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Teachers using high-tech fabrication to churn out protective face shields for front-line workers

Mask components
Posted at 4:21 PM, Apr 02, 2020
and last updated 2020-04-05 20:23:17-04

EASTLAKE, Ohio — It’s an unfortunate race against time.

Healthcare workers, first responders and other essential personnel across the country are fighting COVID-19 with very little personal protective equipment, commonly referred to as PPE.

In Lake County, school closures aren’t keeping educators from serving front-line employees.

“The school is really becoming an epicenter of the response to this virus in Lake County,” Superintendent Steve Thompson said.

Willoughby-Eastlake City School District employees are working around the clock to supply face shields to employees fighting the virus on a daily basis.

“We have laser cutters and vinyl printers and 3-D printers,” Thompson said, “And they’re using those and of course our computers to design them and then actually produce them.”

There are high-tech fabrication labs on three campuses in the district: North High School, South High School and the School of Innovation.

School district employees teamed up with MakerGear, a Beachwood-based 3-D printing company, to churn out face shields with elastic headbands to combat the nationwide PPE shortage.

“We are able to every night pump out at least a hundred,” Rachel Legerski said, “Sometimes between a hundred and 200 depending on how well the production goes.”

Legerski is an MIT-certified FAB Lab instructor. For her, finding a way to serve during the global health crisis was personal.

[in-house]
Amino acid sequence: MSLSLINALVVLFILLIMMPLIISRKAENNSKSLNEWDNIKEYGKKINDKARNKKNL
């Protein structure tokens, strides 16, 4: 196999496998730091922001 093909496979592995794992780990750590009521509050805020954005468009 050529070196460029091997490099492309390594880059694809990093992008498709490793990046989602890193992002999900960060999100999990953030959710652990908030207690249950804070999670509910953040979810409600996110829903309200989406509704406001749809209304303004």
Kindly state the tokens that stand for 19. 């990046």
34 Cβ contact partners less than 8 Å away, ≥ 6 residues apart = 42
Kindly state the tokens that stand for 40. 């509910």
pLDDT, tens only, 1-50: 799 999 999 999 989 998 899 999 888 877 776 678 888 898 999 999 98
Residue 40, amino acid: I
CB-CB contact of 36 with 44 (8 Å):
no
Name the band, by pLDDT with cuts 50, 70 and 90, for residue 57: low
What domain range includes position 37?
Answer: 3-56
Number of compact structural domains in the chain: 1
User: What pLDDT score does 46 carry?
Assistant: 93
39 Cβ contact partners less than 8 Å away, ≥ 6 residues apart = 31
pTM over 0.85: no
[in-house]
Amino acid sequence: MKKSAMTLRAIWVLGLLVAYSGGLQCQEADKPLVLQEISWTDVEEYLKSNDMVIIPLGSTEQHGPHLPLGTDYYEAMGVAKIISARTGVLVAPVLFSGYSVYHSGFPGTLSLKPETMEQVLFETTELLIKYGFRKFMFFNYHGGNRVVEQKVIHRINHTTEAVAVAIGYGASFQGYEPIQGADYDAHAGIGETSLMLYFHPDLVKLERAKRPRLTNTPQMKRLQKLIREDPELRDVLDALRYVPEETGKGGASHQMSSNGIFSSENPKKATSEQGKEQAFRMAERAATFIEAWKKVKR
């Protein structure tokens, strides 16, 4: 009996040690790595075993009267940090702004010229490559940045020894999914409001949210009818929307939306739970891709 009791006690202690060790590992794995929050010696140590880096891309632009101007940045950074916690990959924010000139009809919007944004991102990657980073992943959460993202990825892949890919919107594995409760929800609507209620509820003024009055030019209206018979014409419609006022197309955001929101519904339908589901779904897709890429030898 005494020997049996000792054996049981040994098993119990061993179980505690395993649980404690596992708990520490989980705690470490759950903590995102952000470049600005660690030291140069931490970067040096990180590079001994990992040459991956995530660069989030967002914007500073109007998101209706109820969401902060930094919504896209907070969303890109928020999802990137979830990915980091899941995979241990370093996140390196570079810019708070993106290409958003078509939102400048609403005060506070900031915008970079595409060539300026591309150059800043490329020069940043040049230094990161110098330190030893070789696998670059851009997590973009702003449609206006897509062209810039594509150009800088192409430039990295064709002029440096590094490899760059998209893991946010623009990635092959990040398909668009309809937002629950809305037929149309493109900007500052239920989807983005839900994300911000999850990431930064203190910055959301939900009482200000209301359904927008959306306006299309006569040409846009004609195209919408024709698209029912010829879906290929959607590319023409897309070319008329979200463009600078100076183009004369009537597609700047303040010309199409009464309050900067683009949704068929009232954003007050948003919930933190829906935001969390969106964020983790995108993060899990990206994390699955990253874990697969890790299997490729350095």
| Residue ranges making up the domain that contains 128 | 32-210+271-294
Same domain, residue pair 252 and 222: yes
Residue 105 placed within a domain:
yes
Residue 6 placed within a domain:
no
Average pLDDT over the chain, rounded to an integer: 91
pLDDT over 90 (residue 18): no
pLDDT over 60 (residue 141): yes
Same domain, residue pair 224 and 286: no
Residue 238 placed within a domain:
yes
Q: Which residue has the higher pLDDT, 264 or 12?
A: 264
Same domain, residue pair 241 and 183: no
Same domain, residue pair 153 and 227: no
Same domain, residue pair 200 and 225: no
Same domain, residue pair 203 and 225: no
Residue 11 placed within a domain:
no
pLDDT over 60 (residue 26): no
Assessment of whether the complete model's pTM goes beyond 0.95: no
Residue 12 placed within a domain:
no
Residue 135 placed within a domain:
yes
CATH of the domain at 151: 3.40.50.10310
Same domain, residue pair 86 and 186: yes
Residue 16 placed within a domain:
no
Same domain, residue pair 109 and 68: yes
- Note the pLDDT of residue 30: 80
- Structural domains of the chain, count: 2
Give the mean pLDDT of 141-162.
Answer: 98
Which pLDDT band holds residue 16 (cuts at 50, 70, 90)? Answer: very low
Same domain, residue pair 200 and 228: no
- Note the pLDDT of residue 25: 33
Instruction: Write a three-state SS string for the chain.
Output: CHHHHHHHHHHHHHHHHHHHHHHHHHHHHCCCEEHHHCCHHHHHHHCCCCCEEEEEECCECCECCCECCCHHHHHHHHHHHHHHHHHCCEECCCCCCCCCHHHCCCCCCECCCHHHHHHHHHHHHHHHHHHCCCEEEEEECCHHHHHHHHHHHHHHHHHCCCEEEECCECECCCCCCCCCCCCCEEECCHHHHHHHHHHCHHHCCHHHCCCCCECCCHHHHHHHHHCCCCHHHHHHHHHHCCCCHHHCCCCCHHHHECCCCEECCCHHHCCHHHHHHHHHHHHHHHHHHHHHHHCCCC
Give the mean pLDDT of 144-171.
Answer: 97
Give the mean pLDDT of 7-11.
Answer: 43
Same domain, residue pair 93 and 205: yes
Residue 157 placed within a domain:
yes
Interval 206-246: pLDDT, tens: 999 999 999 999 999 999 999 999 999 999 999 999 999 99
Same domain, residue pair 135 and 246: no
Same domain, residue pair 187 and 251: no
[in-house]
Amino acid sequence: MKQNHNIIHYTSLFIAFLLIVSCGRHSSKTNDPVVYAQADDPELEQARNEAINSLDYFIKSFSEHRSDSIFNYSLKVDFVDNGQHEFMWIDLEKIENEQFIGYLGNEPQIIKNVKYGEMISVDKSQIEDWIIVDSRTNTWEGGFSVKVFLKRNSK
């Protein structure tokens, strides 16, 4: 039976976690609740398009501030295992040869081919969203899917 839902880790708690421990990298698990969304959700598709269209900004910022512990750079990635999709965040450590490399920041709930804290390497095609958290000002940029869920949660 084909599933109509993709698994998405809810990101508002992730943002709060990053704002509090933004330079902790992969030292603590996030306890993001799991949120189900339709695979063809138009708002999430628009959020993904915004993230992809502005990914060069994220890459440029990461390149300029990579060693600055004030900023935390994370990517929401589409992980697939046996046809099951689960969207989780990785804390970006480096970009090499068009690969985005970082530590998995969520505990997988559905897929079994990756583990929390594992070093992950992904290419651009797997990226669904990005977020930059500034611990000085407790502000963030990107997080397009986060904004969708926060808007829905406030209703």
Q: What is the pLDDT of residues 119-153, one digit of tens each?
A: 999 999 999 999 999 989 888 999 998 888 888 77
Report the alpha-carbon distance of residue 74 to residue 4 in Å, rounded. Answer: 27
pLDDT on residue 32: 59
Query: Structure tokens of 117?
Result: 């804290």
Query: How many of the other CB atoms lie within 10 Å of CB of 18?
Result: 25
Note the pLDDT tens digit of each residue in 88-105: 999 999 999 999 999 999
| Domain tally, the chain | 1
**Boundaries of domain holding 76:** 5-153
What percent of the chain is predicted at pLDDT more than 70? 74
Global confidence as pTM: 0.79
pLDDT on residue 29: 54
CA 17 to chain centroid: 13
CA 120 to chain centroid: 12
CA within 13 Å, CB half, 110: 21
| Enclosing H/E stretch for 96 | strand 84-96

Her brother is a nurse anesthetist in Washington, a major hot-spot for the virus.

Additionally, Legerski’s son is an NICU nurse in Columbus and her daughter is a physician assistant.

“I know firsthand they don’t have all the equipment they need,” Legerski said, “So it makes me feel like if I have anything I can do to help provide for them and all the people on the front lines.”

Superintendent Thompson said the opportunity to serve is the silver lining during an unprecedented, stressful time.

“We’re able to use our technology in our schools that the taxpayers pay for,” Thompson said, “And actually use it not just to educate our students, which is pretty incredible, but to really make a difference.”

After hearing about the action the school district is taking, neighbors have also stepped up.

“We’re really sourcing materials anywhere we can,” Legerski said, “Neighbors are just dropping it off at my house. I have a box on my front porch and they drop the elastic in there.”

There are multiple ways to assist Willoughby-Eastlake teachers and MakerGear employees in their efforts.

If you have extra supplies that can be used to manufacture the face shields, like elastic, you can donate those materials in a drop-box behind the Willoughby-Eastlake School of Innovation.

That campus is located at 32500 Chardon Rd. in Willoughby Hills, OH.

If you do not have any of those supplies, but still wish to contribute, you can make a monetary donation on the MakerGear website.

The U.S. Surgeon General shared a video of how to make your own fabric mask. Watch it below:

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